I definitely struggled with whenever I had a bad hole. It's like, "Well, I've got to fight back." Now it's kind of like, "Well, let's just move on and play and see how
Q. Did you feel like you were disappointing people when you weren't scoring well?
SEAN O'HAIR: Absolutely. Most of all, I felt like I was disappointing myself. I hate saying this, because obviously it's kind of the same stuff, but I don't want to just be on the PGA TOUR. I want to be I want to be the best on the Tour, eventually. I'm not there, but eventually I want to be one of the best on the Tour. And eventually I want to be one of the best in the game, period. I was trying to do that yesterday. I think I jumped ahead of myself and I just need to get back to the present time.
Q. What happened yesterday? Did I miss something?
SEAN O'HAIR: No.
Q. Is it accurate that you read a couple of Nicklaus books once to get yourself straightened out?
SEAN O'HAIR: Yeah, I was at the Deere, struggling with my ball striking, and I really didn't have anything to go on, so I went I think it was Borders, I went to Borders and bought a couple of Nicklaus books, more for just visuals, because his books are great because they show not only does he talk about it, but he illustrates what he does and feels and stuff like that. So it's a great book to read to kind of clear my mind and get my mind focused on one thing. It didn't really it wasn't like a magic wand, where it got me just all of a sudden hitting the ball well. But I think what it did was it got my mind focused on one thing. So when I was in the heat, I was focused on one thing, not worrying about ten gazillion things.
Q. Did you talk to him about it and say, "Jack, your book is pretty good"?
SEAN O'HAIR: I met him at the International last year and just talked to him briefly a little bit. But he was pretty busy, so I never really had a chance to sit down and talk to him about it. But he did a pretty good job with those.
Q. One other thing, you might be, just the example of a lot of guys who are in his tournament action who don't really have that much of a relationship with him, because of your age. Is that accurate? Could you discuss that?
SEAN O'HAIR: I think he's the greatest player right now, he's the greatest player that ever played the game, so he's a pretty busy guy. And I'm traveling a lot and playing events. He's got a totally different life style. If he was out here playing on the PGA TOUR, it would probably be a lot easier to get to know him a little bit better. But I hardly ever see him. I think that's the reason why.
Q. You mentioned working the ball. And from everything I've heard from other guys and read under today's technology, it's much harder to work the ball. How are you working the ball?
SEAN O'HAIR: I disagree with that. I don't think it's harder. I don't see how it's harder. You just open the face and hit a fade, close it and hit a draw. I can see that the ball doesn't move as much as it used to, because obviously the driver, the Persimmon drivers and a lot of the balls and stuff, because you're putting more spin on the ball. Now we're talking about hitting less spin, hitting it farther and that stuff. The ball is not going to move as much. But for me, I still try to work the ball. I think it was Hogan or Nicklaus or somebody who said there's no such thing as a straight ball. And I'm a true believer in that.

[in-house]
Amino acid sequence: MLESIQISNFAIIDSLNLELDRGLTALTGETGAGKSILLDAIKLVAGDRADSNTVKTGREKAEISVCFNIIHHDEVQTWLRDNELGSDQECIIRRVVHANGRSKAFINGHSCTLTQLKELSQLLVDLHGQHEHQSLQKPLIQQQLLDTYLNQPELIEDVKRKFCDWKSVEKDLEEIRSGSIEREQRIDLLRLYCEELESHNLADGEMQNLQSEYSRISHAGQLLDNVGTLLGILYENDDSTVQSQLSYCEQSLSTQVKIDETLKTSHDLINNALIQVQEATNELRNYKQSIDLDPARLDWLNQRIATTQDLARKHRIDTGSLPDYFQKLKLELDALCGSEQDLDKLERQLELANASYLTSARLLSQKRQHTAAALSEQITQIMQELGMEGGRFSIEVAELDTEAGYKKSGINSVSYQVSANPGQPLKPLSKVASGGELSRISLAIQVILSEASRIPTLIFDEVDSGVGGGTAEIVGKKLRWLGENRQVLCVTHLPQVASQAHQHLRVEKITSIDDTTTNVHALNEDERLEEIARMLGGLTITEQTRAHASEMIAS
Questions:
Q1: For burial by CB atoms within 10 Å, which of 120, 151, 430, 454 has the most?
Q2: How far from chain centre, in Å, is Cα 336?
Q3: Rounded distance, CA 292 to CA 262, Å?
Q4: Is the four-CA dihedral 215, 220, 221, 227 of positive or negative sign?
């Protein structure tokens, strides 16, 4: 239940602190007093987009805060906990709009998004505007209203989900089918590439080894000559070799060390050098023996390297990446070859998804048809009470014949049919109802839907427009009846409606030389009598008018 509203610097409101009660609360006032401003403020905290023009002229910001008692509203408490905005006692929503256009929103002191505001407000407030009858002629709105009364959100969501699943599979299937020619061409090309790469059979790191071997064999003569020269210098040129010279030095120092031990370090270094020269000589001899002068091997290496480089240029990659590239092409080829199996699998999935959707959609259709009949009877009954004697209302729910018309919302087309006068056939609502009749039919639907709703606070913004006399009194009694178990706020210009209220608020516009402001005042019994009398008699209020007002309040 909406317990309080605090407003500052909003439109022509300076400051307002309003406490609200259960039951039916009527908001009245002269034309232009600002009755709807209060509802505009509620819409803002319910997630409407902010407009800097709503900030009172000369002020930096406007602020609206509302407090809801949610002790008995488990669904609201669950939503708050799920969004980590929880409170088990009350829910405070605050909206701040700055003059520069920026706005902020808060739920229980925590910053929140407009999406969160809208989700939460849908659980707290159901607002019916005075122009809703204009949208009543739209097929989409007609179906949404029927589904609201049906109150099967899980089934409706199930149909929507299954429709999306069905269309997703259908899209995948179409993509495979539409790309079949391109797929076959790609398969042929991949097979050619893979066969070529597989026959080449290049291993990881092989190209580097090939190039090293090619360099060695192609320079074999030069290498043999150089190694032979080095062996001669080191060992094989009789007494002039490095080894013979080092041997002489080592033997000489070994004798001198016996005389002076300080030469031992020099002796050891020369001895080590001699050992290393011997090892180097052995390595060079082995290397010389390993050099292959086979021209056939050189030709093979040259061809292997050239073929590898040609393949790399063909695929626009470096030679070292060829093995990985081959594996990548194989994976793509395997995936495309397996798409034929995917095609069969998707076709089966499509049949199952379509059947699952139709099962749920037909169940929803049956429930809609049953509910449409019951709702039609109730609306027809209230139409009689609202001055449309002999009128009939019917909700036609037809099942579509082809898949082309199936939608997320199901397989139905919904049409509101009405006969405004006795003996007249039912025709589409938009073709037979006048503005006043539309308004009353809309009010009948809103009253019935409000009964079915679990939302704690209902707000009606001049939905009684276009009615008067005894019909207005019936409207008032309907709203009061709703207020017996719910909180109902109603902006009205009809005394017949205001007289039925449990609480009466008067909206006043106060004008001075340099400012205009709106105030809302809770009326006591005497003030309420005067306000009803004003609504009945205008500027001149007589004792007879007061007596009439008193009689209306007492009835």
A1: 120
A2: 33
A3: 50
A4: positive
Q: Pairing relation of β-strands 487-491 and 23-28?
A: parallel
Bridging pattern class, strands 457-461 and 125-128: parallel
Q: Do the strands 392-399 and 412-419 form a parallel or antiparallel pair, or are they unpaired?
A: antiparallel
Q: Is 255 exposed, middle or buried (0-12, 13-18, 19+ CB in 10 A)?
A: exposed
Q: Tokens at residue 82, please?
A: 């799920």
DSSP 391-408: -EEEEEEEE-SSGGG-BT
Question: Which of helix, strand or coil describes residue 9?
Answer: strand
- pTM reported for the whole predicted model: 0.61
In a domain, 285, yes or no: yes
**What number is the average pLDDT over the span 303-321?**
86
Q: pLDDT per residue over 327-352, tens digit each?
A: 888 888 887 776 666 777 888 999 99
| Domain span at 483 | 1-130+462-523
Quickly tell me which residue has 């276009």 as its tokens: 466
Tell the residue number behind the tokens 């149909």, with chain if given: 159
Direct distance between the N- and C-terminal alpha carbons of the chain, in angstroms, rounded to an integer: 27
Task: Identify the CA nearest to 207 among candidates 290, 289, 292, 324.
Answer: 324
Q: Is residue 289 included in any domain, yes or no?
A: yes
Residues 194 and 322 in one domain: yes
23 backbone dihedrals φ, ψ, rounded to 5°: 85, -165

Q. You mentioned Gary. How does he get you back to being more of a "feel" player? You say you were less technical?
SEAN O'HAIR: He's worked with me before, so he knows how I work. It was just a matter of saying, "Hey, let's get back on track, here. We know what your swing does, and your swing is good. We've just got to fine tune it, instead of changing the back swing a little bit and trying to change the playing." You see a lot of guys out there changing their playing and everything, which is fine. But I feel pretty comfortable with my swing. And I know my tendencies, so that's kind of what he was doing is he's just trying to teach me about my own swing a little bit so I can go out there and work with it.
He just made things a little more simple. He's got certain things that he has me that I do to get certain feels and stuff. And that's how he teaches.
Q. He's worked with a lot of young players?
SEAN O'HAIR: Yeah, with Michelle Wie, I think with Paula Cramer and a lot of guys.
Q. How old were you when you first started working with him?
SEAN O'HAIR: About 15, 16.
Q. As much I think I've heard you say this but as much stability that Steve brought to you at that time in your life, was it difficult, awkward, making the switch?
SEAN O'HAIR: You know, it was a mutual thing. It wasn't like "Well, Steve, I've got to tell you some bad news, I'm firing you." It wasn't like that at all. For some reason, we started talking about it at dinner one night. And I said, "Hey, maybe we need to think about making a change." And we did. And we felt like now was the best time, instead of waiting at the end of the year and doing it, or waiting until next year. It's pretty easy. It's hard to see him go, because I miss him being out here. It's nice to have him out here and enjoy some things with him. But I think it's good for both him and I, to be honest with you, in the long run.